Contrary to widespread belief, women have been employed outside the home well before the advent of modern times. It is true, however, that the scope of their employment has been subject to dramatic changes over the centuries. Often, the progress made by one generation was scaled back in the next, only to undergo a resurgence with shifting cultural trends. Let's look at some key landmarks in the history of women in the workplace.
Equal pay legislation (1872) – The ideal of “equal pay for equal work” is older than many people realize. In 1872, pioneering female attorney Belva Ann Lockwood, a member of the American Woman Suffrage Association, persuaded the U.S. Congress to pass a law guaranteeing equal pay for women employed as federal employees. (Lockwood later became the first woman to argue a case before the Supreme Court.)
District of Columbia minimum wage law (1918) – Washington D.C.'s minimum wage law was passed to protect the rights of women and children in the workplace by ensuring that they could “maintain decent standards of living.1” This did not last long, however.
Adkins v. Children's Hospital (1923) – This Supreme Court case struck down the District of Columbia minimum wage law by a 5-3 decision, on the grounds that it interfered with the right of laborers to negotiate their own wages.
World War II – The Second World War saw millions of women entering the workforce to compensate for the loss of manpower brought on by conscription. Rosie the Riveter became a widely recognized cultural icon. Unfortunately, with the conclusion of WWII many industrious women were pressured against their will to return to “traditional” female roles.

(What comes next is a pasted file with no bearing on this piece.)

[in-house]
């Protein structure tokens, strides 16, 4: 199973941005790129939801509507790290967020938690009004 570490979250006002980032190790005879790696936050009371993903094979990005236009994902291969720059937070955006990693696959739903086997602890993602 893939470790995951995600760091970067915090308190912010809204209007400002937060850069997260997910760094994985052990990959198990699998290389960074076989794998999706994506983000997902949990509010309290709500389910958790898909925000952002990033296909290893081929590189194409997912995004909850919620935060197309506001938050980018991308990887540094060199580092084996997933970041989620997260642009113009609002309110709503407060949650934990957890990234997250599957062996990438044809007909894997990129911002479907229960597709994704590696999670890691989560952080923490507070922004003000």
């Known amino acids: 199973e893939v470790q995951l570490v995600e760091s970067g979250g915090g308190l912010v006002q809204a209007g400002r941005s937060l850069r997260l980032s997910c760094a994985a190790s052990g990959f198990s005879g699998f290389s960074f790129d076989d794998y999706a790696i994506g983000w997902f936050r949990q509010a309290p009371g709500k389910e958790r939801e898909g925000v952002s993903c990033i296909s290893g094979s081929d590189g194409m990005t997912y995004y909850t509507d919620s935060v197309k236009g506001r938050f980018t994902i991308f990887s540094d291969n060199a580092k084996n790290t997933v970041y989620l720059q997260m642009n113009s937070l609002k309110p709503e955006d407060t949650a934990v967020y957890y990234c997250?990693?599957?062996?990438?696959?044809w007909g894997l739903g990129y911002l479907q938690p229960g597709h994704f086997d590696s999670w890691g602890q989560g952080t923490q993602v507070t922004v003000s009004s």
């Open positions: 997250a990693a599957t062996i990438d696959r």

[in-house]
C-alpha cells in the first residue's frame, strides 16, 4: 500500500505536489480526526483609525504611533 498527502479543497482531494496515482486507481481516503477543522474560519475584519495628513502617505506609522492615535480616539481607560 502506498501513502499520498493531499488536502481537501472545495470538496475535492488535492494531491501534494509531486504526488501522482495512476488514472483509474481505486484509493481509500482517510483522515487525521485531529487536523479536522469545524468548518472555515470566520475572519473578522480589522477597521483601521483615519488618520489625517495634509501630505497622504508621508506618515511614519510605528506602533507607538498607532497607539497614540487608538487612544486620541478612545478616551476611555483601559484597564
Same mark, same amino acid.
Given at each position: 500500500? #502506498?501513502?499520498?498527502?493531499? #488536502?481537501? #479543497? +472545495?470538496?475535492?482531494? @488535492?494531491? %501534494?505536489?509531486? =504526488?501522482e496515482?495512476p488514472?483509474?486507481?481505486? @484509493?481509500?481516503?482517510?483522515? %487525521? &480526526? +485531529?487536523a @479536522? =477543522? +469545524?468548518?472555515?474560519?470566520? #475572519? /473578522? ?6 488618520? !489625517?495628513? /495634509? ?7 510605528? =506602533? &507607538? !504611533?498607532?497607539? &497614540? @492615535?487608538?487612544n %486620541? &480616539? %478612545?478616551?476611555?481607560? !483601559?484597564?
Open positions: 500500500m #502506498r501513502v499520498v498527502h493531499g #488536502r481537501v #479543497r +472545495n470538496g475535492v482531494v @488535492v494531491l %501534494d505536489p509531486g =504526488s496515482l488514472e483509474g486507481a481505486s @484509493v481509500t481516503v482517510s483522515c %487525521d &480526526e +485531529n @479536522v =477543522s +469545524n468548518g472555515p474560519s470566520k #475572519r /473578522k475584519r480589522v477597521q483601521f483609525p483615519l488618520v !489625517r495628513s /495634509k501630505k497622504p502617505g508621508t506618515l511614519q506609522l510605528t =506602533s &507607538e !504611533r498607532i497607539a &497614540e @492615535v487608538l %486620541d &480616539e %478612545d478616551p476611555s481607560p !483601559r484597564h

Equal Pay Act of 1963 – This landmark legislation forbade employers from paying women less money than men for jobs that require the same skills and responsibilities. Unlike the 1872 “equal pay” law, the Act covered the workforce as a whole, not just the federal government. The Act did allow unequal pay in order to recognize seniority, superior merit, and similar factors, so long as these considerations were not based on gender.
Civil Rights Act of 1964 – Coming on the heels of the Equal Pay Act, this legislation famously outlawed discrimination based on “race, color, religion, sex or national origin.2” Title VII of the act extended these safeguards into the workplace, specifically to businesses with 15 or more employees. Additionally, Title VII led to the establishment of the Equal Employment Opportunity Commission (EEOC) in 1965. The EEOC continues to enforce Title VII to this day.
Pregnancy Discrimination Act of 1978 – An amendment to Title VII of the Civil Rights Act of 1964, this broadened the scope of sex discrimination laws to guarantee that pregnant women were protected as well.
Lilly Ledbetter Fair Pay Act of 2009 – The most recent of the major legislative acts to defend the rights of women workers, this was the first bill that President Obama signed into law. It is yet another amendment to the Civil Rights Act of 1964. The Act essentially extends the window of time in which an employee can file a lawsuit regarding an equal pay violation by recalculating the statute of limitations to begin with the last paycheck issued to the employee. Previously, the statute of limitations was determined by the courts to begin with the onset of the employer's discriminatory treatment.